A previously unknown threat actor dubbed NewsPenguin has been linked to a phishing campaign targeting Pakistani entities by leveraging the upcoming international maritime expo as a lure.
"The attacker sent out targeted phishing emails with a weaponized document attached that purports to be an exhibitor manual for PIMEC-23," the BlackBerry Research and Intelligence Team said.
PIMEC, short for Pakistan International Maritime Expo and Conference, is an initiative of the Pakistan Navy and is organized by the Ministry of Maritime Affairs with an aim to "jump start development in the maritime sector." It's scheduled to be held from February 10-12, 2023.
The Canadian cybersecurity company said the attacks are designed to target marine-related entities and the event's visitors by tricking the message recipients into opening the seemingly harmless Microsoft Word document.
Once the document is launched and macros are enabled, a method called remote template injection is employed to fetch the next-stage payload from an actor-controlled server that's configured to return the artifact only if the request is sent from an IP address located in Pakistan.
BlackBerry said it found the server to be hosting two ZIP archive files sans any password protections, one of which includes a Windows executable (updates.exe) that functions as a covert spying tool capable of bypassing sandboxes and virtual machines.
Dmitry Bestuzhev, a threat researcher at BlackBerry, told The Hacker News that the backdoor has been written from scratch in a manner that's tailored to this campaign.
"The threat actor behind it made a special effort to fly under the radar by being undetected," Bestuzhev said. "For example, between each request, there is a five minute delay. That's to lessen the risk of being uncovered."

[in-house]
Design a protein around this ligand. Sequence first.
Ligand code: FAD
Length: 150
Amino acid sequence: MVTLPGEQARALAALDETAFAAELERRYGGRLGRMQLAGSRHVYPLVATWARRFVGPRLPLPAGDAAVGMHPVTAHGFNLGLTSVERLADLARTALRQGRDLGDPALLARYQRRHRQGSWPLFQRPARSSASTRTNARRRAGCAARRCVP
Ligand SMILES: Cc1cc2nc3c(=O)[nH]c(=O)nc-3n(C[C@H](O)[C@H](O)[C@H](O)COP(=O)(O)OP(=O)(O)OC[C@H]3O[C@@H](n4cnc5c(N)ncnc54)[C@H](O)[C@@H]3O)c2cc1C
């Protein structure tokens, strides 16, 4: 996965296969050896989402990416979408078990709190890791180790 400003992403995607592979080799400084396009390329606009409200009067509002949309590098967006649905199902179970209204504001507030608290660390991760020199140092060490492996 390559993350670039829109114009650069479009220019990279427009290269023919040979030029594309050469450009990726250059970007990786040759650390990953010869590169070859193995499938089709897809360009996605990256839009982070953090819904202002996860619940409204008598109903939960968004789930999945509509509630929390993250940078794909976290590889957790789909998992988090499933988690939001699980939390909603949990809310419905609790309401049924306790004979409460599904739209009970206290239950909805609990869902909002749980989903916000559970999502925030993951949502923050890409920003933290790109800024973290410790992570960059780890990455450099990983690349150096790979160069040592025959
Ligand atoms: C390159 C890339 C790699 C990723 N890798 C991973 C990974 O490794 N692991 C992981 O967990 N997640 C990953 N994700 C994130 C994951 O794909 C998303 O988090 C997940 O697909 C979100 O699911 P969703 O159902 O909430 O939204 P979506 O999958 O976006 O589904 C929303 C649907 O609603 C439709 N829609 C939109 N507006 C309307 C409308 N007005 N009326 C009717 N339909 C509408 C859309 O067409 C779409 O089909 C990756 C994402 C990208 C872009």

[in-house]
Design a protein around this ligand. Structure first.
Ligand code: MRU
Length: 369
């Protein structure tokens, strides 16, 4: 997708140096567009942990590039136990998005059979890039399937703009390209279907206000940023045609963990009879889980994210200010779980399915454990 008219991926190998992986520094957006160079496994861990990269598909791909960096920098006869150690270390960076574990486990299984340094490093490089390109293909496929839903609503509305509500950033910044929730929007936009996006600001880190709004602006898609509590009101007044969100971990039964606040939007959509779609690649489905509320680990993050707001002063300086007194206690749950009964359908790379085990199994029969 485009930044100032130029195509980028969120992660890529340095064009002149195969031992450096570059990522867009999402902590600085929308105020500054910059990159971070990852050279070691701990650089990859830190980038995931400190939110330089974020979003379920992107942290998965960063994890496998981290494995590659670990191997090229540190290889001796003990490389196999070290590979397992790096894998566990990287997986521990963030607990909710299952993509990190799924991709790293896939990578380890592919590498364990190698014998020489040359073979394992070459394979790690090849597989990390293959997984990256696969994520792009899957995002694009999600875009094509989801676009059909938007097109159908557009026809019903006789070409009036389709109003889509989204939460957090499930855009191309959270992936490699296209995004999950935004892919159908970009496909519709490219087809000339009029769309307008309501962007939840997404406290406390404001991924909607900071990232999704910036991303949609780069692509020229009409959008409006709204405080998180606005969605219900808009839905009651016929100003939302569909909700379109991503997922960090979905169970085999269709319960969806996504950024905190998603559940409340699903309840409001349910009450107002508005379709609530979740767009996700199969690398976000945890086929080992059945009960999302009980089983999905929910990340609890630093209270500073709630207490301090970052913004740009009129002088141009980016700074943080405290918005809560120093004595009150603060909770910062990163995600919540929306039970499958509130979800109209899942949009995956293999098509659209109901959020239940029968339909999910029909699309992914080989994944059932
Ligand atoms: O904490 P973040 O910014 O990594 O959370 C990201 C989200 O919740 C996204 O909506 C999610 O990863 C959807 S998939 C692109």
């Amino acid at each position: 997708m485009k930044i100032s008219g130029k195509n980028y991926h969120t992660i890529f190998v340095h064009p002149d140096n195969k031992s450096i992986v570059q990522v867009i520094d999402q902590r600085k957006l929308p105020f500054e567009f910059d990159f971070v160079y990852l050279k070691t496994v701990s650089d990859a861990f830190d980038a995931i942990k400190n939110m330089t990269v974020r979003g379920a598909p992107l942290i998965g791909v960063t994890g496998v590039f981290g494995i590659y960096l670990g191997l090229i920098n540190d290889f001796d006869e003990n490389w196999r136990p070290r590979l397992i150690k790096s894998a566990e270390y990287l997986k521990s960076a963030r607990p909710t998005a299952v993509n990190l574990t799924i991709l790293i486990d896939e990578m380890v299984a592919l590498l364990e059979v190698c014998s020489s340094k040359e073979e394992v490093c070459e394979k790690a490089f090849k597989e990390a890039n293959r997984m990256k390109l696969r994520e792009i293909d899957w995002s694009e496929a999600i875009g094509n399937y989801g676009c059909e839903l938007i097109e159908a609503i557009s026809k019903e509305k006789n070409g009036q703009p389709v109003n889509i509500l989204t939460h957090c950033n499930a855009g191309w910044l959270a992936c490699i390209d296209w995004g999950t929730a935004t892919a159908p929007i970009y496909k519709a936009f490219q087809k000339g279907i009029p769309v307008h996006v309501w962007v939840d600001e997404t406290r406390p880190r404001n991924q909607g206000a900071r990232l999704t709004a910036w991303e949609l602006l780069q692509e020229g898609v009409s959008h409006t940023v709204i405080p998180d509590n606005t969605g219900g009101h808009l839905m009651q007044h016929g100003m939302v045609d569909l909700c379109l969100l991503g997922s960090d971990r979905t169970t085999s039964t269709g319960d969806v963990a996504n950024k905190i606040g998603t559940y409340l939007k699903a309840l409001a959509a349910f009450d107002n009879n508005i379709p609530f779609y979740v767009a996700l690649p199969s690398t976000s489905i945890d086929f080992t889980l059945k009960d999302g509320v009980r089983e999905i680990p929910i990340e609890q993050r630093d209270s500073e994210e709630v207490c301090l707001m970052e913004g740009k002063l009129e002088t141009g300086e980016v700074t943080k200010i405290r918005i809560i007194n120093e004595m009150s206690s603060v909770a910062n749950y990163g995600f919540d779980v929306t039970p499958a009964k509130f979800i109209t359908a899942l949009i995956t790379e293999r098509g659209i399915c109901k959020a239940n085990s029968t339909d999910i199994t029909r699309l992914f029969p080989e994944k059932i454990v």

"The implant includes self-deletion commands in case of exposure or when the op is finalized. It also contains commands for data transfer, deleting other files, and executing/running other apps in the victim's system. It looks for files in the system, gathers information about them, and uploads them to the remote server if the files are interesting. It's designed to steal sensitive files on the victim's disk."
What's more, the contents of the binary are encrypted with the XOR encryption algorithm, where the XOR key is "penguin." The HTTP response containing the backdoor also comes with the name parameter in the Content-Disposition response header set to "getlatestnews."
The name NewsPenguin is a reference to the uncommon XOR key and the name parameter, with BlackBerry finding no tactical overlaps that connect the malware to any currently-known threat actor or group.
An analysis of the domain hosting the payloads shows that it has been registered since June 30, 2022, indicating some level of advance planning for the campaign while simultaneously taking steps to iterate its toolset.
"As the target is an event run by the Pakistan Navy, it implies that the threat actor is actively targeting government organizations, rather than this being a financially motivated attack," BlackBerry said.
"It appears that the goal of this campaign is to find and steal the most interesting files containing information about the theme of the conference, people's networking, and technologies presented there," Bestuzhev added.